The Lane Evans Act also tackles Post-Traumatic Stress Disorder. Mental health patients account for about a third of the new veterans seeking care at the VA. The VA's National Center for PTSD reports that ``the wars in Afghanistan and Iraq are the most sustained combat operations since the Vietnam War, and initial signs imply that these ongoing wars are likely to produce a new generation of veterans with chronic mental health problems.''

This bill addresses PTSD in 2 ways. First, it extends the window during which new veterans can automatically get care for mental health from 2 years to 5 years. Right now, any servicemember discharged from the military has up to 2 years to walk into the VA and get care, no questions asked. After that, vets have to prove that they are disabled because of a service-connected injury, or they have to prove their income is below threshold levels. Unfortunately, it can take years for symptoms of PTSD to manifest themselves. The time it takes to prove service-connection for mental health illness is valuable time lost during which veterans are not receiving critically needed treatment. The Lane Evans Act allows veterans to walk into a VA any time 5 years after discharge and get assessed for mental health care. This both extends the window and shortens the wait for vets to get care.

Second, the legislation makes face-to-face physical and mental health screening mandatory 30 to 90 days after a soldier is deployed in a war zone. This will ensure that our fighting force is ready for battle, and that we can identify and treat those at risk for PTSD. By making the exams mandatory, we can help eliminate the stigma associated with mental health screening and treatment.

Another problem veterans face is that the VA and DoD do not effectively share medical and military records. Older veterans often have to wait years for their benefits as the Department of Defense recovers aging and lost paper records. Under the Lane Evans Act, the Department of Defense would provide each separating service member at the time of discharge with a secure full electronic copy of all military and medical records to help them apply for healthcare and benefits. DoD possesses the technology to do this now. The information could be useful to VA to quickly and accurately document receipt of vaccinations or deployment to a war zone. The electronic data will also be helpful in future generations when family members of veterans seek information about military service, awards, and wartime deployment that goes well beyond the existing single-sheet DD-214 discharge certificate, which is all veterans currently receive.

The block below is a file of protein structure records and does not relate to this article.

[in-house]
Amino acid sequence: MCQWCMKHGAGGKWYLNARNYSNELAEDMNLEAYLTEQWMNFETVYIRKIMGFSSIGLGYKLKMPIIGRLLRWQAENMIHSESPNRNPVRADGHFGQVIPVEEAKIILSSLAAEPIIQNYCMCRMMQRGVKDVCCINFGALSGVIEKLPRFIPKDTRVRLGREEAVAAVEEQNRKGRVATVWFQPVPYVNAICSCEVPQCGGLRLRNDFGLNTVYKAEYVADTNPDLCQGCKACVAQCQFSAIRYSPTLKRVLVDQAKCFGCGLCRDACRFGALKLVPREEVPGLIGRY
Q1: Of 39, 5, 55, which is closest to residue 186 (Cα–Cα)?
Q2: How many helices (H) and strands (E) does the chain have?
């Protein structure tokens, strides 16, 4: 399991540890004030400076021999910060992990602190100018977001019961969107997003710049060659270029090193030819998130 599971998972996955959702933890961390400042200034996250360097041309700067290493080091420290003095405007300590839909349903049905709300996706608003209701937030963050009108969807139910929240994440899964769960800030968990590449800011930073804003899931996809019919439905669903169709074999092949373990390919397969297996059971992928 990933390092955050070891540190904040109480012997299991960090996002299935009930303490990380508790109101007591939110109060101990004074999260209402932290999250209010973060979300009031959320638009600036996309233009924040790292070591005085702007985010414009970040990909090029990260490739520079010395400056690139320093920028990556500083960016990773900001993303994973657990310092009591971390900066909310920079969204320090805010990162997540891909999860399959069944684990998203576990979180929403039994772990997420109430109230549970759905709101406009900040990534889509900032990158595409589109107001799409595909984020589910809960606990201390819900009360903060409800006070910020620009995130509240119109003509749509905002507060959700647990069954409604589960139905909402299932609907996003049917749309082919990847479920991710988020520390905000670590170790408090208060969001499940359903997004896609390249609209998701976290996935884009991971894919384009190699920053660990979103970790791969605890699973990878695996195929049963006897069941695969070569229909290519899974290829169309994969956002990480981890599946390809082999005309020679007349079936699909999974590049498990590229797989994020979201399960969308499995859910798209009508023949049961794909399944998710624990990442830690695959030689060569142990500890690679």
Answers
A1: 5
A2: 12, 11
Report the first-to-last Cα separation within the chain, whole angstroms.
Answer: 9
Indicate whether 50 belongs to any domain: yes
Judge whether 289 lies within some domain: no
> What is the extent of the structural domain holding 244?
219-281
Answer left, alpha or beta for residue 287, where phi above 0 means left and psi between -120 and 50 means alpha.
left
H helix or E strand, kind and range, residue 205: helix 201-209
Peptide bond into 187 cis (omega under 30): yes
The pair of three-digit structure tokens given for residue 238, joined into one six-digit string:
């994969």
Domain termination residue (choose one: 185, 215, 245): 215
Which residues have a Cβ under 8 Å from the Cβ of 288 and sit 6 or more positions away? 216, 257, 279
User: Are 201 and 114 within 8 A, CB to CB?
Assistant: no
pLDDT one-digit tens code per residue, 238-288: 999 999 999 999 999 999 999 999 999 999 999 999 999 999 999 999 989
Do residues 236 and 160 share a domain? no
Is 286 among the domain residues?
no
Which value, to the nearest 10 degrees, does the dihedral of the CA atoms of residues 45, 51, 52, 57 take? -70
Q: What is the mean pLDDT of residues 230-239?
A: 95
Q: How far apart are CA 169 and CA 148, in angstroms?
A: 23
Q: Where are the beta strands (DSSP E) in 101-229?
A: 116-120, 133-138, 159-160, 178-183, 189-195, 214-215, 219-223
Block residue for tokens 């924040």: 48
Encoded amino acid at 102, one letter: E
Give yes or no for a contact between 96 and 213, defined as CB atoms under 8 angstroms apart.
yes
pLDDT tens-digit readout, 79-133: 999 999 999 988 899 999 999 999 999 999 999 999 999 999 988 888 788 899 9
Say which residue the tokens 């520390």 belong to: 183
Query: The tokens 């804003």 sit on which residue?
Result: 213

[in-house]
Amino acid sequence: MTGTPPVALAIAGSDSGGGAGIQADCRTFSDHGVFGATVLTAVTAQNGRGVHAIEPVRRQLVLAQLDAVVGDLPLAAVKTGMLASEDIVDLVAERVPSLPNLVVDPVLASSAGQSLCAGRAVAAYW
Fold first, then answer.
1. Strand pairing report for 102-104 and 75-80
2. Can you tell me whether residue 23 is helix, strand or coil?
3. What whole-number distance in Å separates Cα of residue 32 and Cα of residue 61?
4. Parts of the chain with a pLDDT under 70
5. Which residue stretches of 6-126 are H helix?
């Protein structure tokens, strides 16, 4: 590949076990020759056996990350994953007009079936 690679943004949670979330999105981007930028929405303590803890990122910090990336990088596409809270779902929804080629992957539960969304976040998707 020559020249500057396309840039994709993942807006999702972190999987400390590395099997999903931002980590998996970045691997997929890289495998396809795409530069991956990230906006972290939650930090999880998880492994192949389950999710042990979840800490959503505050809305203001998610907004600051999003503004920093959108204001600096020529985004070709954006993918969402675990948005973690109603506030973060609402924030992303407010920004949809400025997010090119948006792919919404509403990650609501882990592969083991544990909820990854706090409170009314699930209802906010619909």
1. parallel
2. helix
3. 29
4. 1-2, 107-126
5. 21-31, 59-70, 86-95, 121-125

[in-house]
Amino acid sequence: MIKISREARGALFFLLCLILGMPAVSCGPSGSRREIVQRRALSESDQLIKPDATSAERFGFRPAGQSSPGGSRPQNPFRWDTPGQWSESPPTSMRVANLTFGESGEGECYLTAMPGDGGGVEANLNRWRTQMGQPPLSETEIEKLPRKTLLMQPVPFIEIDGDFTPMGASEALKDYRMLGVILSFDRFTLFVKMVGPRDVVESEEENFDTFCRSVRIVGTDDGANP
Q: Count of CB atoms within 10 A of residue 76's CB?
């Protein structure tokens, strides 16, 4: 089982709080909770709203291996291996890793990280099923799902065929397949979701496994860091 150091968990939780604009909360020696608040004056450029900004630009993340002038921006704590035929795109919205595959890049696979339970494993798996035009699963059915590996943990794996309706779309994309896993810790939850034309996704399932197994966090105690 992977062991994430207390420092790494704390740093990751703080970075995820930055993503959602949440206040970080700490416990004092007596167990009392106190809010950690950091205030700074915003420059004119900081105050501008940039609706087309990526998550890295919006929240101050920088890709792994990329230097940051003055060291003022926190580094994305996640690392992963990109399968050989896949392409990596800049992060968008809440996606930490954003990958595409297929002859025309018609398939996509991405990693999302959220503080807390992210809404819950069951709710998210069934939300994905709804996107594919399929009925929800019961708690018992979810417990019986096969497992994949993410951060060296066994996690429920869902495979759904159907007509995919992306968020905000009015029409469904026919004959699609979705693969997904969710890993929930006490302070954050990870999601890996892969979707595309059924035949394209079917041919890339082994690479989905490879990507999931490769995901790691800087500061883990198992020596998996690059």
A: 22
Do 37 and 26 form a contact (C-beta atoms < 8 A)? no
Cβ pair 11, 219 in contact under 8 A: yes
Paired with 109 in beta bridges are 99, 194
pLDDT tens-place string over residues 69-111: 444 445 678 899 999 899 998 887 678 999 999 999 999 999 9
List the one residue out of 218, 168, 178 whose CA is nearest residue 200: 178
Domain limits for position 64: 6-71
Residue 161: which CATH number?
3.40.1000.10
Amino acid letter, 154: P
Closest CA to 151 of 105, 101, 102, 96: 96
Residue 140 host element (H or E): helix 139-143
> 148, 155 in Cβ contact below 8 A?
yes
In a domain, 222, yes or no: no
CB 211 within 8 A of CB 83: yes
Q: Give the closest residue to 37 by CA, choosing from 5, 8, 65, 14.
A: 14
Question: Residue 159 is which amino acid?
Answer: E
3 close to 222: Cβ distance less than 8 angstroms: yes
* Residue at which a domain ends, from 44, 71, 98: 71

Finally, the legislation improves the transition assistance that guardsmen and reservists receive when they return from deployment. A 2005 GAG report found that because demobilization for guardsmen and reservists is accelerated, reserve units get abbreviated and perfunctory transition assistance including limited employment training. VA should provide equal briefings and transition services for all service members regarding VA healthcare, disability compensation, and other benefits, regardless of their duty status.

Lane Evans dedicated his life to serving this country and dedicated his time in Congress to serving veterans. The legislation I am introducing today, honors both the man and his mission, and will continue his legacy to the next generation of American veterans.